Lignocellulosic plant biomass is one of the most available and renewable materials on earth. It serves as a potent source of energy, being comprised of several polysaccharide sugars crosslinked to lignin. Sugars fermented into bioethanol can be used as a fuel source or additive. But removing the polysaccharides and breaking them down into smaller sugar subunits requires heat, chemical, and enzymatic treatment, and is energetically and financially expensive. Research on a wide variety of lignocellulose-degrading microbes, from archaea to bacteria to fungi, is therefore focused on finding a more efficient way to degrade these materials.
Enter Caldicellulosiruptor bescii. This organism is able to decompose lignocellulosic biomass anaerobically at high temperature, an ability researchers hope to harness to bypass costly thermochemical treatment. As a thermophile, the bacteria can survive at high temperature, a condition that already facilitates polysaccharide breakdown. Understanding this bacterial metabolic process could lead to more efficient biofuel production.
While analyzing the C. bescii genome, Israel Scott, working in Dr. Michael Adams’ lab, noticed an unusual finding: genes encoding a tungstate transporter. This was notable because utilization of the heavy metal tungsten is extremely rare in biological systems.
The researchers wanted to know if the genes were indeed importing tungsten, or if a similar, more commonly used element like molybdenum might be imported. The bacterium Pyrococcus furiosus has several characterized tungsten-utilizing, aldehyde-oxidoreductase enzymes (termed AOR). The P. furiosus enzyme was expressed in C. bescii, where it would only function if tungsten was being imported. After finding that the P. furiosus enzymes indeed functioned, the C. bescii homologs were identified and characterized.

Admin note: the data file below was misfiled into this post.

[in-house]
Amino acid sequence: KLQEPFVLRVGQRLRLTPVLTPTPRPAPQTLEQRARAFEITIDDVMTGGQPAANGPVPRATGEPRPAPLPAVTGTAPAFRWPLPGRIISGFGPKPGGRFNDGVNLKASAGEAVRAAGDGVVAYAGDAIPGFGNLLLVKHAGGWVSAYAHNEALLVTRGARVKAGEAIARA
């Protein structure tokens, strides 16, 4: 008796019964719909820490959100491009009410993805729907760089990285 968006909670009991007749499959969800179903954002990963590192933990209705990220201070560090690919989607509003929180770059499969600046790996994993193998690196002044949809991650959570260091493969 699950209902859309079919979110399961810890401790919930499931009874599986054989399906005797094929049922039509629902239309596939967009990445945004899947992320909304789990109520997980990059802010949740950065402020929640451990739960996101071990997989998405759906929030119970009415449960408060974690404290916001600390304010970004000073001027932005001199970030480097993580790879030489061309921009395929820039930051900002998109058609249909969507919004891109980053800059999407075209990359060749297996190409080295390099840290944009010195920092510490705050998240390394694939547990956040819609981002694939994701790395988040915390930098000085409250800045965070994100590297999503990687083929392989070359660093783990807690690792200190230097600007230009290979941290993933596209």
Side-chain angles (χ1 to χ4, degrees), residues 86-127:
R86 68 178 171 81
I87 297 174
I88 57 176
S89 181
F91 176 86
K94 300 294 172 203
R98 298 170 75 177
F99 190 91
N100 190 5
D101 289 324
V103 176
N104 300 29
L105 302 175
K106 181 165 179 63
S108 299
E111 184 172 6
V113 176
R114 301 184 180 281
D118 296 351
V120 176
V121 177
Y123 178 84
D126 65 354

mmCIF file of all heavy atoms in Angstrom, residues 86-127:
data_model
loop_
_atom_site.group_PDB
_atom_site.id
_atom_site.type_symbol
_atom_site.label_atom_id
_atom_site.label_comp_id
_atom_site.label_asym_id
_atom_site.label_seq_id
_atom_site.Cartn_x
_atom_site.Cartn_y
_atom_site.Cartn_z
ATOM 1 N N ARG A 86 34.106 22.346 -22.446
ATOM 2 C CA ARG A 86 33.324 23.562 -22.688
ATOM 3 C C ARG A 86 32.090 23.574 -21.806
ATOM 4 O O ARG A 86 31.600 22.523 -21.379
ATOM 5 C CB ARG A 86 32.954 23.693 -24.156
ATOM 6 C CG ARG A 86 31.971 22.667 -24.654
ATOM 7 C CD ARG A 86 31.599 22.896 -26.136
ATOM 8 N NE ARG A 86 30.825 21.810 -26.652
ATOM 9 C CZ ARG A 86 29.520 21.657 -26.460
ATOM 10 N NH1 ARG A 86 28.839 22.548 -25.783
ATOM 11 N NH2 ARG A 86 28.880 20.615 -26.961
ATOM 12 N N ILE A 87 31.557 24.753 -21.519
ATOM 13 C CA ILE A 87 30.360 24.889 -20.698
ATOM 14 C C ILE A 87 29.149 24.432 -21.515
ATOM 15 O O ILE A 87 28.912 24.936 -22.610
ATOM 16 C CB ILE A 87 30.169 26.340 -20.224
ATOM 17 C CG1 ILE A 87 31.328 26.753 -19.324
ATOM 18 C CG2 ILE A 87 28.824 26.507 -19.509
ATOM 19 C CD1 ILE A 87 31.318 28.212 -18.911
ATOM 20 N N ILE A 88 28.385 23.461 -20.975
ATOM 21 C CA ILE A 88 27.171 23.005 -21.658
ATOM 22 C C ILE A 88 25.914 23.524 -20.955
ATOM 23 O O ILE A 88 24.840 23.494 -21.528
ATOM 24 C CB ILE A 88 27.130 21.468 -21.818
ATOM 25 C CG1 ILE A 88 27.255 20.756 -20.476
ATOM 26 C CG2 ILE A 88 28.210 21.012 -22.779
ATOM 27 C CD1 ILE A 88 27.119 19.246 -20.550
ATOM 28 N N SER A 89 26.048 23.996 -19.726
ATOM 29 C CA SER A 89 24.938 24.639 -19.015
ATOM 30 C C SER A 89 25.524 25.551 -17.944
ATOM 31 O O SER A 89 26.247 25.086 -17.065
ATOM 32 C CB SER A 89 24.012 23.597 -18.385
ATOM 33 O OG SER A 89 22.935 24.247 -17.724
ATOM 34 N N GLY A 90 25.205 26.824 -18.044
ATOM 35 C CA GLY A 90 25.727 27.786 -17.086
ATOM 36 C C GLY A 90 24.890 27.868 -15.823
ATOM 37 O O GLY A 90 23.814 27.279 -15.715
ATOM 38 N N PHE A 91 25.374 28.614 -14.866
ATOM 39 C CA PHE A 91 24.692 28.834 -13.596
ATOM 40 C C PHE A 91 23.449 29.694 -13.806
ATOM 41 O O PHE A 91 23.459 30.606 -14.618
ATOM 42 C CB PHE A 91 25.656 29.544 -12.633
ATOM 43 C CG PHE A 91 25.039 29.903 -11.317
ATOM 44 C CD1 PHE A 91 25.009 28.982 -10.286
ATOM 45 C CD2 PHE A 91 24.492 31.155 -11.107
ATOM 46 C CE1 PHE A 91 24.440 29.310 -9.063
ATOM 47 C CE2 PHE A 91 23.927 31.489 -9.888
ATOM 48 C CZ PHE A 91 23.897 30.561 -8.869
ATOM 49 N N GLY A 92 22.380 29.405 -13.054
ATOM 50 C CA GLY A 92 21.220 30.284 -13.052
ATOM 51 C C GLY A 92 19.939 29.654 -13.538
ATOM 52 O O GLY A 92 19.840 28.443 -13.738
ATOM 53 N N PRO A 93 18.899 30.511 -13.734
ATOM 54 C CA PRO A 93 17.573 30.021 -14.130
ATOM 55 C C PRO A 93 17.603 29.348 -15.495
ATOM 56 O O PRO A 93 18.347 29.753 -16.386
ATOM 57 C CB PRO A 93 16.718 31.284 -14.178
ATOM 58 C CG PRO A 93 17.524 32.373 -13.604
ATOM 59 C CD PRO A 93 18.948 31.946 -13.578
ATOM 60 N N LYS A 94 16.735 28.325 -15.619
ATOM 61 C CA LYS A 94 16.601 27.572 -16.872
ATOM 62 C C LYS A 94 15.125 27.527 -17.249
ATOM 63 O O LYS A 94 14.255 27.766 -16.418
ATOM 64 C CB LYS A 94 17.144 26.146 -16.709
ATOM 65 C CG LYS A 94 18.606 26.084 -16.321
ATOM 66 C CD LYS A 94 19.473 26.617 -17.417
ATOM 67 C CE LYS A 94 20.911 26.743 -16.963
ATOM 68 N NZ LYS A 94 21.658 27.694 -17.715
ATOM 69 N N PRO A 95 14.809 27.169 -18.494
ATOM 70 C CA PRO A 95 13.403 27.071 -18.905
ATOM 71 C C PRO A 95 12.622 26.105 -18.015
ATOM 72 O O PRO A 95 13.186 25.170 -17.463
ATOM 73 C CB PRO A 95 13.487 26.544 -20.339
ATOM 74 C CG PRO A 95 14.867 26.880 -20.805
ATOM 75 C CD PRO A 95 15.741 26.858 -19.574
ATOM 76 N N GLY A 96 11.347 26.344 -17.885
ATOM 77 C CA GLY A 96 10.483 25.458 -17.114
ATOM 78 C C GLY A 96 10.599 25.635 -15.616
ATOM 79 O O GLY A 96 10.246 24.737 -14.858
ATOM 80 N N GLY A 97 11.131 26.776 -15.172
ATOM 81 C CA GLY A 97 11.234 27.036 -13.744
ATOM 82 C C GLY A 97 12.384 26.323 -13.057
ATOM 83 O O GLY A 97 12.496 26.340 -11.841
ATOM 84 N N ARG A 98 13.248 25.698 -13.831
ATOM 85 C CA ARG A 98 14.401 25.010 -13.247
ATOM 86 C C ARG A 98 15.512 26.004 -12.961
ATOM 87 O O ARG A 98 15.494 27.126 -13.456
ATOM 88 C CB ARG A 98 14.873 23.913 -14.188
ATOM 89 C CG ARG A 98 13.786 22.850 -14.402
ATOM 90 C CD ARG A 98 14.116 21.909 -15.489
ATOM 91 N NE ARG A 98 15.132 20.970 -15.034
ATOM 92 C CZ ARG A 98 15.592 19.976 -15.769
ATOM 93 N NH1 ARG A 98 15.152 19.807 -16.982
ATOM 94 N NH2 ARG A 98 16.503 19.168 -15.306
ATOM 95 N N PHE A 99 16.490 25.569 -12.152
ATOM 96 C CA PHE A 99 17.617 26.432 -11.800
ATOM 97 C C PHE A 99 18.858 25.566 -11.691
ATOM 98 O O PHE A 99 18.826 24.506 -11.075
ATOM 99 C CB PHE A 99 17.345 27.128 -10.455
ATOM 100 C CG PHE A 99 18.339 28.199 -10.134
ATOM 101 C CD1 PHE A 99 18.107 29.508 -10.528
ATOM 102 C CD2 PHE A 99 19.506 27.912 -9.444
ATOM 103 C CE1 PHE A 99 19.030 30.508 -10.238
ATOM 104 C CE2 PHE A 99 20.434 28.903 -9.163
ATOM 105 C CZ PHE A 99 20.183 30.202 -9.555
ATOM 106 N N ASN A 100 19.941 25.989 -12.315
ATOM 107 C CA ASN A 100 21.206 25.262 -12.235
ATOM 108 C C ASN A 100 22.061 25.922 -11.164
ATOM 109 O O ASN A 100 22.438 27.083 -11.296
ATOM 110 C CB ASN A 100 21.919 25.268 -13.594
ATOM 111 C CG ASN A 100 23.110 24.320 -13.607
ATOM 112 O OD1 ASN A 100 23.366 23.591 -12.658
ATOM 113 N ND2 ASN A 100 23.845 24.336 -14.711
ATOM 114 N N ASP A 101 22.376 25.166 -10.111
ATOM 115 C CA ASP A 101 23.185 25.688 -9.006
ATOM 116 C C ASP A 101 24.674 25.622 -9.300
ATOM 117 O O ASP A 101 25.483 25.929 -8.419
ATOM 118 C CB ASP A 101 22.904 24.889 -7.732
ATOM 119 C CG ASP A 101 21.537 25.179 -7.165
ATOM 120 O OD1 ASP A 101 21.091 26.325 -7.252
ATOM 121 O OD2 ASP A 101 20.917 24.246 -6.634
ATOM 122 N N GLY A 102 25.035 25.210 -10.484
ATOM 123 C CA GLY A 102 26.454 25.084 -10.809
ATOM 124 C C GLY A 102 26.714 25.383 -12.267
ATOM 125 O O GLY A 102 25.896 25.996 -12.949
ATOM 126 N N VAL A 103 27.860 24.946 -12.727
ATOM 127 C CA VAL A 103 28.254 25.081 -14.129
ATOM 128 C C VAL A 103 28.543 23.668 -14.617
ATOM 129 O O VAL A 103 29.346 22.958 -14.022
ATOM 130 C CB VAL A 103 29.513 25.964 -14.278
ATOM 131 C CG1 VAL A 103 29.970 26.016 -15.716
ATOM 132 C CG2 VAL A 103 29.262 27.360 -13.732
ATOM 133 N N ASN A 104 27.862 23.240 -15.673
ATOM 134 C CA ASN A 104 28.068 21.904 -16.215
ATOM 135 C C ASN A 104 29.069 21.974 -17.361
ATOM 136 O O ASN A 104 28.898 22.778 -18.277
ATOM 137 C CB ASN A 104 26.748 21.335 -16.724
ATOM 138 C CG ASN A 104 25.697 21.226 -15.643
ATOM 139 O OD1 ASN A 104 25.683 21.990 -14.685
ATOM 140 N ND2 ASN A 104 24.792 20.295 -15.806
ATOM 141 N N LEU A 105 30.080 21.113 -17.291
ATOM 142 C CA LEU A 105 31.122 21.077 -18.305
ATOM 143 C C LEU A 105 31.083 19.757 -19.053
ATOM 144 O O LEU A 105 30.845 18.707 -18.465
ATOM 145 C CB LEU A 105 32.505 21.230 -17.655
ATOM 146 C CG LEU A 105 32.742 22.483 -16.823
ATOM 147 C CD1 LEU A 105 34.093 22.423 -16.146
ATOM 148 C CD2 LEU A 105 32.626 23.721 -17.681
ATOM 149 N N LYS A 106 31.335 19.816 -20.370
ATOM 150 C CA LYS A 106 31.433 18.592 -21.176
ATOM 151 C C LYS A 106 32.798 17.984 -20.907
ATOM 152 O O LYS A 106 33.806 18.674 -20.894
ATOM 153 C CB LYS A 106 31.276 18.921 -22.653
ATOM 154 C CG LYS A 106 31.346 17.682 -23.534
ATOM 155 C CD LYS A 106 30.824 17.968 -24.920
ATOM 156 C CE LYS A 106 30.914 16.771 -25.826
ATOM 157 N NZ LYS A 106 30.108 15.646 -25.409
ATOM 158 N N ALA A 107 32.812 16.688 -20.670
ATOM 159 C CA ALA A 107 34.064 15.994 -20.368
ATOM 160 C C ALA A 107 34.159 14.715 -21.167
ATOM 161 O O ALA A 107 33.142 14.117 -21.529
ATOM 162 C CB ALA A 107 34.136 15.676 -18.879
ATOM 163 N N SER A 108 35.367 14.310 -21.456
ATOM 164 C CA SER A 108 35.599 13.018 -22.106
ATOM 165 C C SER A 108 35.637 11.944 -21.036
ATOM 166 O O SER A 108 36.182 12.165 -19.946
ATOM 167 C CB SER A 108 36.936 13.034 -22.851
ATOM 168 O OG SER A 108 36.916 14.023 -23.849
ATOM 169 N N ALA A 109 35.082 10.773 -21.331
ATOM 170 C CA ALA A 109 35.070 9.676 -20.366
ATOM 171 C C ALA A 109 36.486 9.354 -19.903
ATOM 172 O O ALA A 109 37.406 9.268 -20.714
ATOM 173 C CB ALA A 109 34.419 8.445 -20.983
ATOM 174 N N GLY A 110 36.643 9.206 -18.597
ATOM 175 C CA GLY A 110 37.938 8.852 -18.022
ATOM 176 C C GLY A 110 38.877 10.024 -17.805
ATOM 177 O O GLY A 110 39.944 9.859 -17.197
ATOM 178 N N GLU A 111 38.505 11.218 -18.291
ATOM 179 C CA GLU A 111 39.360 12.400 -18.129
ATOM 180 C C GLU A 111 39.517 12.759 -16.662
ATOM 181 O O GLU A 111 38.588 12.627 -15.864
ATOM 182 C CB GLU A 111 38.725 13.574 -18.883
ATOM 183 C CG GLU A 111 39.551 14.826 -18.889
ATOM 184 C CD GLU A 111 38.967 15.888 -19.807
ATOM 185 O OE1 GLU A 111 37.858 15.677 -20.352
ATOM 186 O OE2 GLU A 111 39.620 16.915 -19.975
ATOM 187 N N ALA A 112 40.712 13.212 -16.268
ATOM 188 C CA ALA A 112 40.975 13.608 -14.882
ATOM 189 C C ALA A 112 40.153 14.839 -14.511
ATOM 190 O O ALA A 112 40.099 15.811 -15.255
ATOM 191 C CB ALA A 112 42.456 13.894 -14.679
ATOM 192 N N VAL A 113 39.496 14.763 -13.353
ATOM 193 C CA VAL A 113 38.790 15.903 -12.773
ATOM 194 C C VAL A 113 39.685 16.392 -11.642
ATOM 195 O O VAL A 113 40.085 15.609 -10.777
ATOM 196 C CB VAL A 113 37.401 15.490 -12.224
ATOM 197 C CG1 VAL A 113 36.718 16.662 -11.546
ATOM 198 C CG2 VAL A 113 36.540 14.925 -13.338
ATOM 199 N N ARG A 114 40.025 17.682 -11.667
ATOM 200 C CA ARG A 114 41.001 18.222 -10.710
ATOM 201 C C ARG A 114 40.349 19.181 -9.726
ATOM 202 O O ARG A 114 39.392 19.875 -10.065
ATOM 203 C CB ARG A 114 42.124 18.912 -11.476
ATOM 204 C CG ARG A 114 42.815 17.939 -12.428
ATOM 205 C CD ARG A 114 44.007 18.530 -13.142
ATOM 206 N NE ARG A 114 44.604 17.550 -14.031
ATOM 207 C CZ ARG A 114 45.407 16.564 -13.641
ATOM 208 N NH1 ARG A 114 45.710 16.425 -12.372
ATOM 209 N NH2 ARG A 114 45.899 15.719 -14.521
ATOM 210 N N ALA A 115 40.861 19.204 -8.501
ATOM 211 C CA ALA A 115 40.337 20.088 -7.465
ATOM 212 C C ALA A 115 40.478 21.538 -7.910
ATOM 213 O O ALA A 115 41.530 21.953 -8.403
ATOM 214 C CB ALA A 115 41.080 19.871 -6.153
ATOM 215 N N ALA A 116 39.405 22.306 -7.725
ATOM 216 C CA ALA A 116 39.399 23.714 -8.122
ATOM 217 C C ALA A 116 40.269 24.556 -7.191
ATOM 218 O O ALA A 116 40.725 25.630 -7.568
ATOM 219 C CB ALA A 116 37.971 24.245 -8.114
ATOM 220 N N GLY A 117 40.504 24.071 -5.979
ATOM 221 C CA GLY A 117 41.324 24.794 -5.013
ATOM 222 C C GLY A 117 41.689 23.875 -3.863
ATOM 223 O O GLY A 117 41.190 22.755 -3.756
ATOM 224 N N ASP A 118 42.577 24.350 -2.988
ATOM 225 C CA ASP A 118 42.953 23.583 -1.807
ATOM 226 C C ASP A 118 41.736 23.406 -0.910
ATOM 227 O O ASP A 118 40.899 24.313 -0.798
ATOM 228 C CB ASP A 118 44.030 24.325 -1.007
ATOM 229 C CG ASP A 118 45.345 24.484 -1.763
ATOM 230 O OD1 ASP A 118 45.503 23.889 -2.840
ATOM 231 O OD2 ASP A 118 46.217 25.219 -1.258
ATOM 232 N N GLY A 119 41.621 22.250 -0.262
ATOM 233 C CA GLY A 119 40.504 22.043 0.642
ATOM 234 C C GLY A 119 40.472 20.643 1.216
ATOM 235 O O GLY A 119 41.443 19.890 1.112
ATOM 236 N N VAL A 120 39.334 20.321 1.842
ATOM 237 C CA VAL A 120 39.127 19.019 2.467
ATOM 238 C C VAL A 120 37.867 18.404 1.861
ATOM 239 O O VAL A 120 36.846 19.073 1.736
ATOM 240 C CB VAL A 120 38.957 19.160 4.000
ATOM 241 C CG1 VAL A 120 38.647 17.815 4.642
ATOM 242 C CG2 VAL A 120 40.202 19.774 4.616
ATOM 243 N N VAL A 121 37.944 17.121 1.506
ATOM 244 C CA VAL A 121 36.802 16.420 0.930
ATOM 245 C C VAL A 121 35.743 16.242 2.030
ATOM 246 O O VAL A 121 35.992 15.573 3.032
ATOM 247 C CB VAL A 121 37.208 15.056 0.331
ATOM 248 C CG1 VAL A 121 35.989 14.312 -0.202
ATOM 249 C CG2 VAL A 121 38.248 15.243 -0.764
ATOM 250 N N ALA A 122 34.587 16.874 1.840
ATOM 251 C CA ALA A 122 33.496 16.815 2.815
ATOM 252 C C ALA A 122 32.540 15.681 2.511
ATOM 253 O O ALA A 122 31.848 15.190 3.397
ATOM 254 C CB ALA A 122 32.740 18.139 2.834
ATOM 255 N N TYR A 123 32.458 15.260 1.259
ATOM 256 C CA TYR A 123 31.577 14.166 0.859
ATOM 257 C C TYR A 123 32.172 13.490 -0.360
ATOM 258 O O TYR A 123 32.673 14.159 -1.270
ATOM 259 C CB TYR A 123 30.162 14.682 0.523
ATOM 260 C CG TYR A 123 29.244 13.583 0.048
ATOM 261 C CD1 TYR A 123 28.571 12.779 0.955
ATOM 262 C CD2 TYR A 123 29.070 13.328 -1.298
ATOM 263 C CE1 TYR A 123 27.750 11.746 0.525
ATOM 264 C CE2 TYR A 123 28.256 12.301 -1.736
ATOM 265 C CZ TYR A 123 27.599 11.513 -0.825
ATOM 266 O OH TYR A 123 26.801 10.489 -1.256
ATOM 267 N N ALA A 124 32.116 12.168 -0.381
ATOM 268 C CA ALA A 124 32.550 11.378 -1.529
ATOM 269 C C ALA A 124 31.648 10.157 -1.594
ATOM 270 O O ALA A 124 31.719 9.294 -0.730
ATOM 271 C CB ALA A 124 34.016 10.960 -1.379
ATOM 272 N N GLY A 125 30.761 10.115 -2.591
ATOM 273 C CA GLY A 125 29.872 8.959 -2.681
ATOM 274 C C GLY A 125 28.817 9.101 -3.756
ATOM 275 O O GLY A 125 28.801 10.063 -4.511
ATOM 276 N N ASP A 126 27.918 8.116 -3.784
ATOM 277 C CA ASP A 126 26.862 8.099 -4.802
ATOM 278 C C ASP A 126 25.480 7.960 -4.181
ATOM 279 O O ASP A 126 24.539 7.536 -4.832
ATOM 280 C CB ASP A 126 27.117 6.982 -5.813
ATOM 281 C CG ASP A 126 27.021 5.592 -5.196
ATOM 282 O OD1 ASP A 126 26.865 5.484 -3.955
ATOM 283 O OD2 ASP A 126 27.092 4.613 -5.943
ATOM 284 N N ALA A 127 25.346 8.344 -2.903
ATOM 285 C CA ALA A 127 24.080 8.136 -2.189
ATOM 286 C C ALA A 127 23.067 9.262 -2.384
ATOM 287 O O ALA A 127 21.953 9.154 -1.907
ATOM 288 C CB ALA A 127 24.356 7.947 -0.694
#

AOR enzymes from P. furiosus have a range of aldehyde substrates (formaldehyde, propionaldehyde, crotonaldehyde, glutaraldehyde, isovaleraldehyde, benzaldehyde, and glyceraldehyde-3-phosphate), but the C. bescii strain was unable to oxidize any of these, leading the researchers to name the C. bescii homolog XOR, for “x”-oxidizing, and the divergence of XOR from the AOR family was confirmed through phylogenetic analyses.
The bacterium highly expresses XOR (it constitutes 2% of the cytoplasmic protein contents), which appears to be the only tungsten-containing enzyme in the genome. Attempts to make a gene deletion mutant were unsuccessful, suggesting that whatever substrate XOR degrades, it is an essential part of the bacterial metabolism.
Defining the enzymatic substrate will help scientists better utilize the unusual metabolism of C. bescii. AOR from P. furiosus can be utilized to generate alcohol from organic acids; maybe C. bescii can be similarly used. If we can better understand how C. bescii uses tungsten-containing enzyme to break down ligninocellulose, we can move closer to using its activity for bioengineered fuels.
-- Julie Wolf